The Chernobyl disaster will forever be remembered as one of the most catastrophic nuclear accidents the world has ever seen. What was planned to be a safety test at the Chernobyl Nuclear Power Plant on April 26th, 1986, soon became international news as the reactor exploded and spewed radioactive contaminants into the air. And while residents of the nearby city of Pripyat were evacuated, an Exclusion Zone was also put in place.
An estimated 197 residents (often called the samosely) have since returned to their homes in Pripyat and Chernobyl. However, much of the “Zone of Alienation” still remains abandoned over 30 years later. With this in mind, it’s clear to see that Mother Nature has been given the chance to heal. Some would even say that the Chernobyl disaster has become an accidental environmental success. Here’s how.
An Untouched Area of Land
The Exclusion Zone may have kept humans at bay for decades, but that hasn’t stopped some of Pripyat’s hairier residents from claiming back their territory. Over the years, researchers have been amazed to see the ecosystem flourishing again after the immediate destruction caused by the disaster. In fact, the increasing biodiversity of this area has taken everyone by surprise. From wild wolves to rare European bison, it’s now teeming with wildlife. And they all seem to love the overgrown expanse.
Watching the Ecosystem Thrive
Most notably, researchers have found that deer, elk, and boar populations are higher than ever. Because of this, ecologists from across the globe have turned their attention to this peculiar area of land with many questions that still remain unanswered to this day.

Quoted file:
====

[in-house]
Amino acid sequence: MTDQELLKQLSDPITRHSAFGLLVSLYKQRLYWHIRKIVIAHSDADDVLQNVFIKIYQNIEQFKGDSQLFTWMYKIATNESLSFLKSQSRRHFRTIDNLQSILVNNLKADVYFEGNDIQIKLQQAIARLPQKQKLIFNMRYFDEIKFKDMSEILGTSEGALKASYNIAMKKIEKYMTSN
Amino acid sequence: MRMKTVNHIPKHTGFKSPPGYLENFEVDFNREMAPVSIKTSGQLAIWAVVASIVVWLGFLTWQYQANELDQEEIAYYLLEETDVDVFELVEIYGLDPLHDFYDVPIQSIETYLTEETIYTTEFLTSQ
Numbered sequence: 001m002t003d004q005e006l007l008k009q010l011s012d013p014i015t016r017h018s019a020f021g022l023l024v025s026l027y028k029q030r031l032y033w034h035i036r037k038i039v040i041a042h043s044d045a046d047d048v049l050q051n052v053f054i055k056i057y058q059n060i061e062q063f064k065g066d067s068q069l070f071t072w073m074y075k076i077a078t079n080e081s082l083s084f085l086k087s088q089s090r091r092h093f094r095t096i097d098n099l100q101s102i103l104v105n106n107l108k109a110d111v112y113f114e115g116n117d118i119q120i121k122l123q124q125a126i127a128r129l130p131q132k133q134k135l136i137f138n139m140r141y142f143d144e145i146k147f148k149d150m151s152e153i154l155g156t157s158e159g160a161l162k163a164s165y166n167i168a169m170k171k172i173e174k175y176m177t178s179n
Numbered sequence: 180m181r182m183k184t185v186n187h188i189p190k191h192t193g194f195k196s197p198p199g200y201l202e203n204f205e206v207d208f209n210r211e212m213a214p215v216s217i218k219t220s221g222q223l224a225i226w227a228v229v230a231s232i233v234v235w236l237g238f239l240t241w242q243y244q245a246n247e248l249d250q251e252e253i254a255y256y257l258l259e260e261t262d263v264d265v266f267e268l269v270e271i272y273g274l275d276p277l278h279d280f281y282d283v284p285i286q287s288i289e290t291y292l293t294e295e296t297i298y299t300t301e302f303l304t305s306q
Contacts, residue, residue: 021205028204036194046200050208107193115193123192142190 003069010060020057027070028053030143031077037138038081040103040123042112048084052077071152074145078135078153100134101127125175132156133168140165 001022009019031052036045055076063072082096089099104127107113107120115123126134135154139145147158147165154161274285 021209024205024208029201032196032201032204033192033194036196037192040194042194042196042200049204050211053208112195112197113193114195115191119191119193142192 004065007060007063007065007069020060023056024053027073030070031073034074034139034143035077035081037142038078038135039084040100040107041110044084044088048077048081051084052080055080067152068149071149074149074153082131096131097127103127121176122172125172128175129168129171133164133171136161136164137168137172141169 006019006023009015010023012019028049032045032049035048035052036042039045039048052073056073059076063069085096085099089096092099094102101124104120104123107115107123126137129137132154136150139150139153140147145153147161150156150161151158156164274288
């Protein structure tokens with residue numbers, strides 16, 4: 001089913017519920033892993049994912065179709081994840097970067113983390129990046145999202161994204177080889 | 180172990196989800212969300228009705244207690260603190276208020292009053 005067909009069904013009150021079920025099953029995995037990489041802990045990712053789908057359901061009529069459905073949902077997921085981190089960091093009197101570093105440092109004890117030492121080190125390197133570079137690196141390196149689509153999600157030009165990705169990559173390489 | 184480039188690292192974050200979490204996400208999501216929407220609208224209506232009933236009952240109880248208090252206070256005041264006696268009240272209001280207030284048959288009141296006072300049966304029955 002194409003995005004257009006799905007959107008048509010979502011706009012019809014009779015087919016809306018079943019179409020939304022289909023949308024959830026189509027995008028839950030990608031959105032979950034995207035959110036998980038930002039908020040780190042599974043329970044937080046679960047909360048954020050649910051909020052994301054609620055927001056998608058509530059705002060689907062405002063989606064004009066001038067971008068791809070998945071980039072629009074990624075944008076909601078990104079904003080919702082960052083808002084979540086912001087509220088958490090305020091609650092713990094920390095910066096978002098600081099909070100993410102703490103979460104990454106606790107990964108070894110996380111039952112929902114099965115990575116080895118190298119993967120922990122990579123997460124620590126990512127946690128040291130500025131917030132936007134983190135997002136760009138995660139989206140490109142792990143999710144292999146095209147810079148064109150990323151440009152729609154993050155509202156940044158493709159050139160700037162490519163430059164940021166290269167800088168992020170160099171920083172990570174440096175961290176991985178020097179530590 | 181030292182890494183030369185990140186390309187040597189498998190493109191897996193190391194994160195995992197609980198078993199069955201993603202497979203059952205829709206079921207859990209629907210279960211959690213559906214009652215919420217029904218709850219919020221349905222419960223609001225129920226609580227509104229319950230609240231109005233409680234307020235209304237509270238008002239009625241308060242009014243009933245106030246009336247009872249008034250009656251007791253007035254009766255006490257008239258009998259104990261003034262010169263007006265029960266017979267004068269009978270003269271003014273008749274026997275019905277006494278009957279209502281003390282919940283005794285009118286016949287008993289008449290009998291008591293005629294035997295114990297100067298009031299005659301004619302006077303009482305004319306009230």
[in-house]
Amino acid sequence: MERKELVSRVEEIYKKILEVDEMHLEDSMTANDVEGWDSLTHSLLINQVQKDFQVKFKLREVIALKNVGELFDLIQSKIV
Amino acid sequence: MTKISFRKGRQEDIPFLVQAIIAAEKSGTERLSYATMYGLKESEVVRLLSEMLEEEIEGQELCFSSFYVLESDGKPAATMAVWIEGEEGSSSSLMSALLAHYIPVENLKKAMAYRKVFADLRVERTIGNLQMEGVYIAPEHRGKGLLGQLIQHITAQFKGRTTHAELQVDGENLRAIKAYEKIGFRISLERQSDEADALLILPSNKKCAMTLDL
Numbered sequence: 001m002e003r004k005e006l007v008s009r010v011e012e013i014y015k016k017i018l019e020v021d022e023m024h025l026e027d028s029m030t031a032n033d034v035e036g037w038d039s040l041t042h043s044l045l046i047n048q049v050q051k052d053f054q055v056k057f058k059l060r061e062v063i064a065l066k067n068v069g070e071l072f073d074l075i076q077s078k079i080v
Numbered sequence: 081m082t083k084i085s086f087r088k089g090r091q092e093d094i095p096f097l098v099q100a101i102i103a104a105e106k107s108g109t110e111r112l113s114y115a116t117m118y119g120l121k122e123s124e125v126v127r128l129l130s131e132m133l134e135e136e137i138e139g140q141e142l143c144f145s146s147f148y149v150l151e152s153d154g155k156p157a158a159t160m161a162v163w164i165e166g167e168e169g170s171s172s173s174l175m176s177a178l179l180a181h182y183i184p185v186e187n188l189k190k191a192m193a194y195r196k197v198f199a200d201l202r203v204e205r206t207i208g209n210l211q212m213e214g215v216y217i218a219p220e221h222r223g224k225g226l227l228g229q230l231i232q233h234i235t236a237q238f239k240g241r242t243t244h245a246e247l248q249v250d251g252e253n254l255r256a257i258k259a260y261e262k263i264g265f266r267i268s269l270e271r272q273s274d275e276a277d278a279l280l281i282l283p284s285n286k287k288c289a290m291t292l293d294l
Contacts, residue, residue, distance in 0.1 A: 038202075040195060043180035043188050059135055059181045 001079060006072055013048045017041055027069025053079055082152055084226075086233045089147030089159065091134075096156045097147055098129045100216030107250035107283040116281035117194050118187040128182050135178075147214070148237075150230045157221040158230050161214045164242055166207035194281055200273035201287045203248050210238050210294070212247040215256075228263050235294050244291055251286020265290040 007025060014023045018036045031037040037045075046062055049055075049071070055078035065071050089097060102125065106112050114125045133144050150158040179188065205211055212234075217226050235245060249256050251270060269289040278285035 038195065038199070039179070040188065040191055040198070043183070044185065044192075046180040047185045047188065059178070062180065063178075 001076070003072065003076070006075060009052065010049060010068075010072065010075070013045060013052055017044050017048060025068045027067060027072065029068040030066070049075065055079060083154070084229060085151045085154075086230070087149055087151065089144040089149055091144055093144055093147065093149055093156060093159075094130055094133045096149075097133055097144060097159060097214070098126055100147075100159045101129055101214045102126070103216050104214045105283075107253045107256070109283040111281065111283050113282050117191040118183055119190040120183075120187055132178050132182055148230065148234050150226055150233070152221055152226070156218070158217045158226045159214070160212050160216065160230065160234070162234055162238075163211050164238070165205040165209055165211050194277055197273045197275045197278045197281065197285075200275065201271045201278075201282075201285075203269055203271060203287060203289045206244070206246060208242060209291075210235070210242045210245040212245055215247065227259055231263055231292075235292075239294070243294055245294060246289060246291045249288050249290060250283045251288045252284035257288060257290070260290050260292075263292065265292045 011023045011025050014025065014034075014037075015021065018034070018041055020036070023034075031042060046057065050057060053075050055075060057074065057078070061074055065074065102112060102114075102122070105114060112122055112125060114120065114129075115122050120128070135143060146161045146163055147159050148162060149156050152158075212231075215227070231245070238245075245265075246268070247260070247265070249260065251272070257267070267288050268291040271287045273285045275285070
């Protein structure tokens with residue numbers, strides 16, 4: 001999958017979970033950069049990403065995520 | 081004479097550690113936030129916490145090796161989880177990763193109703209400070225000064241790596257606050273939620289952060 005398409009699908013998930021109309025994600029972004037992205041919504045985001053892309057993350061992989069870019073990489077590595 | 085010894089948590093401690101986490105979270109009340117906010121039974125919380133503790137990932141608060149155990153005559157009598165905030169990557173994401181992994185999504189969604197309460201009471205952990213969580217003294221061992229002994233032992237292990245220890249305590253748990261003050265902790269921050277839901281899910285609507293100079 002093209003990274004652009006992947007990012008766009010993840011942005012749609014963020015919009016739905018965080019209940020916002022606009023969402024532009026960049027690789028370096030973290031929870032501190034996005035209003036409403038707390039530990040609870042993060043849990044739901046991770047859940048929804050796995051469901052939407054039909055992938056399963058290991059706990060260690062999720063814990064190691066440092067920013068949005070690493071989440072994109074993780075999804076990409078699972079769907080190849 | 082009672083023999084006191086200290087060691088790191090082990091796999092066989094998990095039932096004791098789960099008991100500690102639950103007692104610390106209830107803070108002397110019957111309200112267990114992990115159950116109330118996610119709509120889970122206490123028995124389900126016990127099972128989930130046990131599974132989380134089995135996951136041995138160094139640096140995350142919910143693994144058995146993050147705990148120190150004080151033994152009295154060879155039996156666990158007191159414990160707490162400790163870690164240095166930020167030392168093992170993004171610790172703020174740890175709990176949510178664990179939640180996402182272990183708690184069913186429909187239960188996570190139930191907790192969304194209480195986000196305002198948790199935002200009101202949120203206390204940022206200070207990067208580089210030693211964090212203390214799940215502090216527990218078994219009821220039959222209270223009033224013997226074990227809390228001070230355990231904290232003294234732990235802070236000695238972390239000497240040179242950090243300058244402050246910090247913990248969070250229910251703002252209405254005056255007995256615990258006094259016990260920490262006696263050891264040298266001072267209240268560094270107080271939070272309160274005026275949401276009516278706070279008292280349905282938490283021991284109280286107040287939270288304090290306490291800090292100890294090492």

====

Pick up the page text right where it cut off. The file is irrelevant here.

Nick Beresford, a researcher at the UK Centre for Ecology and Hydrology has said that “Our camera trap surveys in Ukraine have photographed Eurasian lynx, brown bear, black storks and European bison. Ukrainian and Belarussian researchers have recorded hundreds of plant and animal species in the zone, including more than 60[rare] species.”
While more research is needed to understand whether these animals will suffer health issues in the future, there’s no denying that the populations have boomed over the past few years. Many put this down to the lack of human interruption and the absence of hunting in this area.
Putting Conservation Efforts In Place
Due to this environmental success, conservationists have also used this opportunity to release animals that require a little extra help in the wild. In 1998, 31 endangered Przewalski horses were released into the Zone of Exclusion. The aim was to increase their numbers in order for the species to make its way off the endangered list and thrive once again.
While the transportation and release of these horses sadly meant that many of them didn’t survive the first five years, it’s now been recorded that there are now around 150 Przewalski horses in the wild within the Exclusion Zone. This just goes to show that in the midst of destruction and devastation, the natural world always comes out on top!